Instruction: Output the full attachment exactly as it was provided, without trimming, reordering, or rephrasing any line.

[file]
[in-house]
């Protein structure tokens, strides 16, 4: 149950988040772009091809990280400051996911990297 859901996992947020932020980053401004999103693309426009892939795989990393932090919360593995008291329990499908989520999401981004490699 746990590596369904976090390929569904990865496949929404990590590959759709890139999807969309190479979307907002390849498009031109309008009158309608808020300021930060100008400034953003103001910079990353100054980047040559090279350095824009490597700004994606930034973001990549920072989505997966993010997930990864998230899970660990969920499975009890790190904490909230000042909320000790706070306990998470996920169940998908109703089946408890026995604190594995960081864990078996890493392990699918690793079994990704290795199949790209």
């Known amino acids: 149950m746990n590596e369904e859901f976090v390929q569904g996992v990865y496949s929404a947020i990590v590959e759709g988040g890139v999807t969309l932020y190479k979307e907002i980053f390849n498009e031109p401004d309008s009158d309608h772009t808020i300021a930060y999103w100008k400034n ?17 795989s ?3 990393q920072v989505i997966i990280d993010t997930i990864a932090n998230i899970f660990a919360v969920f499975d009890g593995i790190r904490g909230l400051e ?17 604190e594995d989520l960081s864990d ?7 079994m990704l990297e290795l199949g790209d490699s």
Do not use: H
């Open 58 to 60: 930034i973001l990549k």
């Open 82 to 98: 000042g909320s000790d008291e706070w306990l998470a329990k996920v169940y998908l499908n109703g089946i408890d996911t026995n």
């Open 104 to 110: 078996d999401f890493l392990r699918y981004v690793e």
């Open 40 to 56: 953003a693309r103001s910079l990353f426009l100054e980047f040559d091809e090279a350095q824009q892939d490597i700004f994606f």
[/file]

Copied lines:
[in-house]
């Protein structure tokens, strides 16, 4: 149950988040772009091809990280400051996911990297 859901996992947020932020980053401004999103693309426009892939795989990393932090919360593995008291329990499908989520999401981004490699 746990590596369904976090390929569904990865496949929404990590590959759709890139999807969309190479979307907002390849498009031109309008009158309608808020300021930060100008400034953003103001910079990353100054980047040559090279350095824009490597700004994606930034973001990549920072989505997966993010997930990864998230899970660990969920499975009890790190904490909230000042909320000790706070306990998470996920169940998908109703089946408890026995604190594995960081864990078996890493392990699918690793079994990704290795199949790209």
């Known amino acids: 149950m746990n590596e369904e859901f976090v390929q569904g996992v990865y496949s929404a947020i990590v590959e759709g988040g890139v999807t969309l932020y190479k979307e907002i980053f390849n498009e031109p401004d309008s009158d309608h772009t808020i300021a930060y999103w100008k400034n ?17 795989s ?3 990393q920072v989505i997966i990280d993010t997930i990864a932090n998230i899970f660990a919360v969920f499975d009890g593995i790190r904490g909230l400051e ?17 604190e594995d989520l960081s864990d ?7 079994m990704l990297e290795l199949g790209d490699s």
Do not use: H
């Open 58 to 60: 930034i973001l990549k």
């Open 82 to 98: 000042g909320s000790d008291e706070w306990l998470a329990k996920v169940y998908l499908n109703g089946i408890d996911t026995n």
């Open 104 to 110: 078996d999401f890493l392990r699918y981004v690793e």
């Open 40 to 56: 953003a693309r103001s910079l990353f426009l100054e980047f040559d091809e090279a350095q824009q892939d490597i700004f994606f």